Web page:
Beijing has told Seoul it will repatriate some 20 North Korean defectors who were arrested in China, despite urgent requests from South Korea not to send them to almost certain internment in a gulag, torture or death in the North.
The defectors have been held in Tumen near the North Korean border since they were arrested in Shenyang last month. A South Korean activist group claimed 35 were arrested, but Beijing has told Seoul of only 20.
A diplomatic source in Seoul said, "It seems China declined the South Korean government's request for fear that releasing them would undermine its attempts to prevent a flood of defectors."
A Chinese official was reported as saying the defectors authorities catch in the three northeastern provinces tend to be in different positions. "Some may be in danger of being to a political prison camp, but others may merely face minor penalties for their involvement in economic offenses," he said.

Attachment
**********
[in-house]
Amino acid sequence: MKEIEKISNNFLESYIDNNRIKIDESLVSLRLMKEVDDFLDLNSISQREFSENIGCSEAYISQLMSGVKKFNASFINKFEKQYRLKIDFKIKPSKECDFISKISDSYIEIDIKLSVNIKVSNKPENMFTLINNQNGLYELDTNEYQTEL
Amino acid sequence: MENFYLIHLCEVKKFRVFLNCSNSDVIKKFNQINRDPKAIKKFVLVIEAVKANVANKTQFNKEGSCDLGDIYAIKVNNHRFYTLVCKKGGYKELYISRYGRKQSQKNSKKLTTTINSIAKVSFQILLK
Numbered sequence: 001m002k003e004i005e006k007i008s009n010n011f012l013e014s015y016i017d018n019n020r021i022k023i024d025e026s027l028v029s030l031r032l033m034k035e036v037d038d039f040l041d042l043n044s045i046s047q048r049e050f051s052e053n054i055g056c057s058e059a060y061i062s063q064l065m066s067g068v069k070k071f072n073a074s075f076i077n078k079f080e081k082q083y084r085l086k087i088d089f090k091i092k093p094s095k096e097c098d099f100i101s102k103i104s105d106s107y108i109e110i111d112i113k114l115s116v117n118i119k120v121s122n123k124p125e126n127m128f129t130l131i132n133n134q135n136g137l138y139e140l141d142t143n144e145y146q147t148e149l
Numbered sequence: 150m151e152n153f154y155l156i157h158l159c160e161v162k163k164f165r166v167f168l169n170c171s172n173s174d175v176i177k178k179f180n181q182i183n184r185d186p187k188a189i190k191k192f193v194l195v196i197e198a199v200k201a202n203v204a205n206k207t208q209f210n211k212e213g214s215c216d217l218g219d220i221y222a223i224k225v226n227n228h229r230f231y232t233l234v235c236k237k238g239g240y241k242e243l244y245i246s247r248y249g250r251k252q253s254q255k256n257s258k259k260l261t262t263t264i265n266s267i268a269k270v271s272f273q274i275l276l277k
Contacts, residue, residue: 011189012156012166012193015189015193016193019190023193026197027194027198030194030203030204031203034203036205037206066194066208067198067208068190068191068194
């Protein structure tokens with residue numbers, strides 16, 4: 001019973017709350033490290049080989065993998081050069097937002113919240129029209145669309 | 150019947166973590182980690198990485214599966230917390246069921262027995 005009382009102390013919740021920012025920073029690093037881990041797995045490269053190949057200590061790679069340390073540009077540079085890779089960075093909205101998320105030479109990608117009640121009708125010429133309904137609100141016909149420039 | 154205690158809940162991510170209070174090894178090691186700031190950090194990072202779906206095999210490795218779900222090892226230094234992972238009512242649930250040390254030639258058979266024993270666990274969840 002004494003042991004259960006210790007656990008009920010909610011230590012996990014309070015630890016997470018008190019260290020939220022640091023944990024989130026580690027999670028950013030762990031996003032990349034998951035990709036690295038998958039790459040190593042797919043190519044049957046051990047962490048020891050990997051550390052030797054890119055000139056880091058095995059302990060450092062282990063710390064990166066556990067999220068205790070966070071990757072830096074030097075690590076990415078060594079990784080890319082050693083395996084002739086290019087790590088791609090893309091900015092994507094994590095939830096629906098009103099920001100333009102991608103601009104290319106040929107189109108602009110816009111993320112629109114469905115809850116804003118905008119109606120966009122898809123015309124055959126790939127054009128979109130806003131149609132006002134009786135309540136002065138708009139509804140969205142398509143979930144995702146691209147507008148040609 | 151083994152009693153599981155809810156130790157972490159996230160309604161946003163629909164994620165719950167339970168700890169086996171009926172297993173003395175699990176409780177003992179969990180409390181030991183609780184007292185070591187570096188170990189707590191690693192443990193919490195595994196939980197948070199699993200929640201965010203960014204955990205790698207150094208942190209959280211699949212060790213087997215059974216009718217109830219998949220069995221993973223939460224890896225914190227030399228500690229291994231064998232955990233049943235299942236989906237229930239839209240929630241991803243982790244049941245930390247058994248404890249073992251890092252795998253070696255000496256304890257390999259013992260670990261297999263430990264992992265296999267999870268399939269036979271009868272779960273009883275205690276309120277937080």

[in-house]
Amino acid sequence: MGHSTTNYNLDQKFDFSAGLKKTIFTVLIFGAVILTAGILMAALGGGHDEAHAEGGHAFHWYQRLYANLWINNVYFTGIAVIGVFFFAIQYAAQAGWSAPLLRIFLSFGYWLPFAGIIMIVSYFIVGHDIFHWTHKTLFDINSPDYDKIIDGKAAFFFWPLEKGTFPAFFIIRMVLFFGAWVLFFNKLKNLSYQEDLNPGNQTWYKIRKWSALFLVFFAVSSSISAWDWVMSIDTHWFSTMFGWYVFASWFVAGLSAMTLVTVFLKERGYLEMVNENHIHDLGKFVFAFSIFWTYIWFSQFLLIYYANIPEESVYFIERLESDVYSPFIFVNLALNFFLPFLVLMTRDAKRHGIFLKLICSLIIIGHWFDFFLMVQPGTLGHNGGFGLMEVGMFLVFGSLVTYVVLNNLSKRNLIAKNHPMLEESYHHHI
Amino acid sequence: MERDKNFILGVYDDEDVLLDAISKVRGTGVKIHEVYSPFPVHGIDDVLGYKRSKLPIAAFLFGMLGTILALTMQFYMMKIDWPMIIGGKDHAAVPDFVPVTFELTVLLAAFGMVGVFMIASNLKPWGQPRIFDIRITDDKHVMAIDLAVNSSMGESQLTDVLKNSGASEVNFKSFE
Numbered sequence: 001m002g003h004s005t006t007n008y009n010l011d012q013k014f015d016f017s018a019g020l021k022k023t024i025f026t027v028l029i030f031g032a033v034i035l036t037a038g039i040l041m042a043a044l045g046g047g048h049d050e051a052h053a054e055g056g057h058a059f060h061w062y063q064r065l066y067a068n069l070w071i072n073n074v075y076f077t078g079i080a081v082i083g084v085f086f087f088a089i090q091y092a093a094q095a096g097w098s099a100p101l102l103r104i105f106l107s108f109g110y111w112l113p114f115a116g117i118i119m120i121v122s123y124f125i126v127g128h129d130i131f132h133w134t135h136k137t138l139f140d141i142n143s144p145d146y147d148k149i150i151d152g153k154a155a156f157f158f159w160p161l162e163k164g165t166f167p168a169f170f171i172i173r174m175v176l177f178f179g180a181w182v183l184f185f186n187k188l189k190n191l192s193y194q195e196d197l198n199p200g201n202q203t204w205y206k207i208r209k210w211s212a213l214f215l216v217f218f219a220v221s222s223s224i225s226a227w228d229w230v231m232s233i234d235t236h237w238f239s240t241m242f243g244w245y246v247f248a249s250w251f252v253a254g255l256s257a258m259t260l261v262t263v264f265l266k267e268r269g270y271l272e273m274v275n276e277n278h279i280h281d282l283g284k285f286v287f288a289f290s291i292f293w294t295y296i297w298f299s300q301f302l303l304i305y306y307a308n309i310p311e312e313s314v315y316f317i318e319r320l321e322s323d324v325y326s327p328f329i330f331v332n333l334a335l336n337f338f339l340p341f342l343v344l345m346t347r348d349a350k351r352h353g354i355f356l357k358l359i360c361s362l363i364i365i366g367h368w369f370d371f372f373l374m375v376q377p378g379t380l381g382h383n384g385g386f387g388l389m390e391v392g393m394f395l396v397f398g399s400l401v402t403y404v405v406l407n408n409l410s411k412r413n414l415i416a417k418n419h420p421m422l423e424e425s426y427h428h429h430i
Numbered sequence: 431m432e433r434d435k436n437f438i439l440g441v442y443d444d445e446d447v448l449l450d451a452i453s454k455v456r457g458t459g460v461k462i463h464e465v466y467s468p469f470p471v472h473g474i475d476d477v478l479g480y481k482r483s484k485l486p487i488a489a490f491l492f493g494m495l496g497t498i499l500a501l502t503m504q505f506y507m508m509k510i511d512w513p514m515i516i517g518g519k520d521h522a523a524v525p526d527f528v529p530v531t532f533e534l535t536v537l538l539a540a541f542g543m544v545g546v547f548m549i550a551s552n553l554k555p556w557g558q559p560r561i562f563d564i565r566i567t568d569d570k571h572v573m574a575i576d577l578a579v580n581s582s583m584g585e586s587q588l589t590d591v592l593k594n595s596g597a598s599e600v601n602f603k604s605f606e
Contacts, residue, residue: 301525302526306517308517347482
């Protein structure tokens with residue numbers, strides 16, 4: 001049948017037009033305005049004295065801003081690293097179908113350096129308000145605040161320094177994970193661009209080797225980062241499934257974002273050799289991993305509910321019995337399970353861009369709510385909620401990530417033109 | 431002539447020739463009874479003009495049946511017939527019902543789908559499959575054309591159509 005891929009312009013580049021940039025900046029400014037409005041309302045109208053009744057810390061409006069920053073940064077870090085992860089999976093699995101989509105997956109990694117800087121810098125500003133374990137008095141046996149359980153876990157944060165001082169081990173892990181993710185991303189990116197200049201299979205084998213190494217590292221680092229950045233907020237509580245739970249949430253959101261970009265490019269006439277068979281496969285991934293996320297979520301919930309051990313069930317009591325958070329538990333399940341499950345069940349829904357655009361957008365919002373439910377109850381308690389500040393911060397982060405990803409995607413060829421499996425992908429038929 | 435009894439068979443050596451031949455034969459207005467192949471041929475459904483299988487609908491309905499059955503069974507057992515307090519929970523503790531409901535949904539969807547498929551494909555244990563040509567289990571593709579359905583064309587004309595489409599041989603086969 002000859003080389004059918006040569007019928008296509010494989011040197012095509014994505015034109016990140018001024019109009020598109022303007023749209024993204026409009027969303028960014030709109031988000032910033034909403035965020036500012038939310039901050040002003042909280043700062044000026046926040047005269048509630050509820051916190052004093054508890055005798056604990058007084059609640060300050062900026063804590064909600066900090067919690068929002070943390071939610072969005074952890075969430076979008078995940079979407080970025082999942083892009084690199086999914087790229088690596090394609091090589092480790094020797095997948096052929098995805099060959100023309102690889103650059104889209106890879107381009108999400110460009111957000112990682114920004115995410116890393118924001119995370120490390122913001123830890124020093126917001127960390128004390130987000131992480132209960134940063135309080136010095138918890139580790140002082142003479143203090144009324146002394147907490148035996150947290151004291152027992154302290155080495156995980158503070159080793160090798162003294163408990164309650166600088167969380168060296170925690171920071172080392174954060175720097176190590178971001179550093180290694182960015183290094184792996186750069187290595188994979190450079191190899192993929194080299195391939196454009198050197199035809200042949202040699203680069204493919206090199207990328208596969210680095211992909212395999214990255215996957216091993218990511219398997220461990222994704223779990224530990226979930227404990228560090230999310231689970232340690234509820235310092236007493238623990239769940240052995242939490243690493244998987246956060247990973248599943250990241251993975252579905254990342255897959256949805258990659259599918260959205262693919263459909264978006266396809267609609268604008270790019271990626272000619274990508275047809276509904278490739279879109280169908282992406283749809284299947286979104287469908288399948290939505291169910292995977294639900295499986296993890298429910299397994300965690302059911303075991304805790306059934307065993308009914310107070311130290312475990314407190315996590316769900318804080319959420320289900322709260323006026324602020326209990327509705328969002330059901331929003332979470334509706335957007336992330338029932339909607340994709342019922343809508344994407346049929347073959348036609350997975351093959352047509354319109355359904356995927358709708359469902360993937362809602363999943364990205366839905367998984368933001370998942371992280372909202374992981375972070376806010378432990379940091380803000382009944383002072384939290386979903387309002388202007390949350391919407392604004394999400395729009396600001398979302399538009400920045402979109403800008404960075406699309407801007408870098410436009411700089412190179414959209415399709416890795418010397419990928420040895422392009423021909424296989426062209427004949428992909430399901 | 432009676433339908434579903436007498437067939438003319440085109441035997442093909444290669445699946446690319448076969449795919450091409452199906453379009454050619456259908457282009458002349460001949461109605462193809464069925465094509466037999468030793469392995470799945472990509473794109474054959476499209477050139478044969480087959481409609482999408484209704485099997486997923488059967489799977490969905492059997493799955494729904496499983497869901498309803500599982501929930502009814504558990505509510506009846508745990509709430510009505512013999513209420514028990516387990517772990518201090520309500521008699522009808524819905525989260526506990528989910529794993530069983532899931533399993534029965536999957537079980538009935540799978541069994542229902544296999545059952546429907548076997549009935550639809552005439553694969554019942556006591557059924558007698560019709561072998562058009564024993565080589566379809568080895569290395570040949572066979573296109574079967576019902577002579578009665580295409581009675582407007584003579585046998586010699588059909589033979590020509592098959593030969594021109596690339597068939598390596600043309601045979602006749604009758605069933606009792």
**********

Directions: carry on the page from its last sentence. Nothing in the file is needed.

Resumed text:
"And how can we arbitrarily release North Korean defectors who are arrested for illegal sojourn in places other than South Korean embassies, consulates general, or schools," he said.
He added that if they are allowed to travel to South Korea even after being arrested by Chinese police, other defectors hiding in China would simply surrender en masse, creating diplomatic problems for China with its close ally North Korea.
Seoul sent an official from the Foreign Ministry's Northeast Asian Affairs Bureau to China last Thursday, who asked for them to be handed over to South Korea, but China turned him down, according to the diplomatic source.
Seoul emphasized its constitutional duty to protect defectors and repeatedly asking Beijing to reconsider its decision, but to no avail.
Meanwhile, a South Korean woman identified as Choi who was with the arrested defectors was released and returned home Monday night, a Foreign Ministry official said.